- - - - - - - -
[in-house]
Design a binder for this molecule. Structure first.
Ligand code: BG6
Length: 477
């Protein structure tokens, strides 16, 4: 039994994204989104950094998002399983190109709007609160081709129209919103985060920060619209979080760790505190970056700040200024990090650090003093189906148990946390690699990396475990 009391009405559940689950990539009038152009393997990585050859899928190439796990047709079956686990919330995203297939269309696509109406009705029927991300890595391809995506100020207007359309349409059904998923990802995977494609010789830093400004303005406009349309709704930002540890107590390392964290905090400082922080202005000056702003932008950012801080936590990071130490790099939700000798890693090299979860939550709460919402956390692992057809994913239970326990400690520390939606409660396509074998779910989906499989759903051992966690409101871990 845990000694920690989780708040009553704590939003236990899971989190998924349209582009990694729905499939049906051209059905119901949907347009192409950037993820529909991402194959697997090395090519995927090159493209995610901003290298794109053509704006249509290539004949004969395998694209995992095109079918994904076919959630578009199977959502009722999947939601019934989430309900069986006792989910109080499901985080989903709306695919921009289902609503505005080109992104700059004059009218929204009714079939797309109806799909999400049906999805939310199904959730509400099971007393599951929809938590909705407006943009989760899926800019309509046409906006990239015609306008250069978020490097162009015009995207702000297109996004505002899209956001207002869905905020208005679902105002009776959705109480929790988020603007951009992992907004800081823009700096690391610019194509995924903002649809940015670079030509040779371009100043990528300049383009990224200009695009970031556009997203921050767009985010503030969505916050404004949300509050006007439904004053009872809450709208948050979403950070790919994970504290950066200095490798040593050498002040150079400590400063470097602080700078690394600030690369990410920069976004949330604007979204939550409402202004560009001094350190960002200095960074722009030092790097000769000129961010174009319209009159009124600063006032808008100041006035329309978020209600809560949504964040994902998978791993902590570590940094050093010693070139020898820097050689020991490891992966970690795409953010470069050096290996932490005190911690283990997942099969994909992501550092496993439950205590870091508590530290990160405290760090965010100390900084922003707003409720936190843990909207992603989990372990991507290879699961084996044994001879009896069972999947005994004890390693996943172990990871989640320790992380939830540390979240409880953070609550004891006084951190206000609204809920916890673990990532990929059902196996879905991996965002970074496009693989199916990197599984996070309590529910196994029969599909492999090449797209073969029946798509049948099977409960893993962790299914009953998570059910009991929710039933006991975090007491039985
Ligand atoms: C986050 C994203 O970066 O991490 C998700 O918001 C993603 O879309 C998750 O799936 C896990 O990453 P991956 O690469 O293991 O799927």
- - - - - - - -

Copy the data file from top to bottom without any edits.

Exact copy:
[in-house]
Design a binder for this molecule. Structure first.
Ligand code: BG6
Length: 477
């Protein structure tokens, strides 16, 4: 039994994204989104950094998002399983190109709007609160081709129209919103985060920060619209979080760790505190970056700040200024990090650090003093189906148990946390690699990396475990 009391009405559940689950990539009038152009393997990585050859899928190439796990047709079956686990919330995203297939269309696509109406009705029927991300890595391809995506100020207007359309349409059904998923990802995977494609010789830093400004303005406009349309709704930002540890107590390392964290905090400082922080202005000056702003932008950012801080936590990071130490790099939700000798890693090299979860939550709460919402956390692992057809994913239970326990400690520390939606409660396509074998779910989906499989759903051992966690409101871990 845990000694920690989780708040009553704590939003236990899971989190998924349209582009990694729905499939049906051209059905119901949907347009192409950037993820529909991402194959697997090395090519995927090159493209995610901003290298794109053509704006249509290539004949004969395998694209995992095109079918994904076919959630578009199977959502009722999947939601019934989430309900069986006792989910109080499901985080989903709306695919921009289902609503505005080109992104700059004059009218929204009714079939797309109806799909999400049906999805939310199904959730509400099971007393599951929809938590909705407006943009989760899926800019309509046409906006990239015609306008250069978020490097162009015009995207702000297109996004505002899209956001207002869905905020208005679902105002009776959705109480929790988020603007951009992992907004800081823009700096690391610019194509995924903002649809940015670079030509040779371009100043990528300049383009990224200009695009970031556009997203921050767009985010503030969505916050404004949300509050006007439904004053009872809450709208948050979403950070790919994970504290950066200095490798040593050498002040150079400590400063470097602080700078690394600030690369990410920069976004949330604007979204939550409402202004560009001094350190960002200095960074722009030092790097000769000129961010174009319209009159009124600063006032808008100041006035329309978020209600809560949504964040994902998978791993902590570590940094050093010693070139020898820097050689020991490891992966970690795409953010470069050096290996932490005190911690283990997942099969994909992501550092496993439950205590870091508590530290990160405290760090965010100390900084922003707003409720936190843990909207992603989990372990991507290879699961084996044994001879009896069972999947005994004890390693996943172990990871989640320790992380939830540390979240409880953070609550004891006084951190206000609204809920916890673990990532990929059902196996879905991996965002970074496009693989199916990197599984996070309590529910196994029969599909492999090449797209073969029946798509049948099977409960893993962790299914009953998570059910009991929710039933006991975090007491039985
Ligand atoms: C986050 C994203 O970066 O991490 C998700 O918001 C993603 O879309 C998750 O799936 C896990 O990453 P991956 O690469 O293991 O799927």